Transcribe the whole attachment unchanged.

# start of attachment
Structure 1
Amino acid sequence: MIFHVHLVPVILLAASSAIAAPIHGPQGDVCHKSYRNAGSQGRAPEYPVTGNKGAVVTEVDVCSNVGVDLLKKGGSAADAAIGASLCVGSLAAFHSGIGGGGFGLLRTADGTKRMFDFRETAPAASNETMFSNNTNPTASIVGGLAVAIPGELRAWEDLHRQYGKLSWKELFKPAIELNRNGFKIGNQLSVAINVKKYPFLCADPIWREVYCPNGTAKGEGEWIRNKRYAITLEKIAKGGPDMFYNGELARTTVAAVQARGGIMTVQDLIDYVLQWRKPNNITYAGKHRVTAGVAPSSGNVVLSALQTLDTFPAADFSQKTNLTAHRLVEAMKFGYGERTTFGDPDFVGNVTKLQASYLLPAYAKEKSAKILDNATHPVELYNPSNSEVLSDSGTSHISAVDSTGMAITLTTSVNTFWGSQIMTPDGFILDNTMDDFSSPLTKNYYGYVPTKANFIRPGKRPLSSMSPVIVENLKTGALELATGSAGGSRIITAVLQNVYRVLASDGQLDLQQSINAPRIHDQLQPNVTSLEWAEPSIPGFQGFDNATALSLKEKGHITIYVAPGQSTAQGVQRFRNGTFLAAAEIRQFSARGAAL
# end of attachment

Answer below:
Structure 1
Amino acid sequence: MIFHVHLVPVILLAASSAIAAPIHGPQGDVCHKSYRNAGSQGRAPEYPVTGNKGAVVTEVDVCSNVGVDLLKKGGSAADAAIGASLCVGSLAAFHSGIGGGGFGLLRTADGTKRMFDFRETAPAASNETMFSNNTNPTASIVGGLAVAIPGELRAWEDLHRQYGKLSWKELFKPAIELNRNGFKIGNQLSVAINVKKYPFLCADPIWREVYCPNGTAKGEGEWIRNKRYAITLEKIAKGGPDMFYNGELARTTVAAVQARGGIMTVQDLIDYVLQWRKPNNITYAGKHRVTAGVAPSSGNVVLSALQTLDTFPAADFSQKTNLTAHRLVEAMKFGYGERTTFGDPDFVGNVTKLQASYLLPAYAKEKSAKILDNATHPVELYNPSNSEVLSDSGTSHISAVDSTGMAITLTTSVNTFWGSQIMTPDGFILDNTMDDFSSPLTKNYYGYVPTKANFIRPGKRPLSSMSPVIVENLKTGALELATGSAGGSRIITAVLQNVYRVLASDGQLDLQQSINAPRIHDQLQPNVTSLEWAEPSIPGFQGFDNATALSLKEKGHITIYVAPGQSTAQGVQRFRNGTFLAAAEIRQFSARGAAL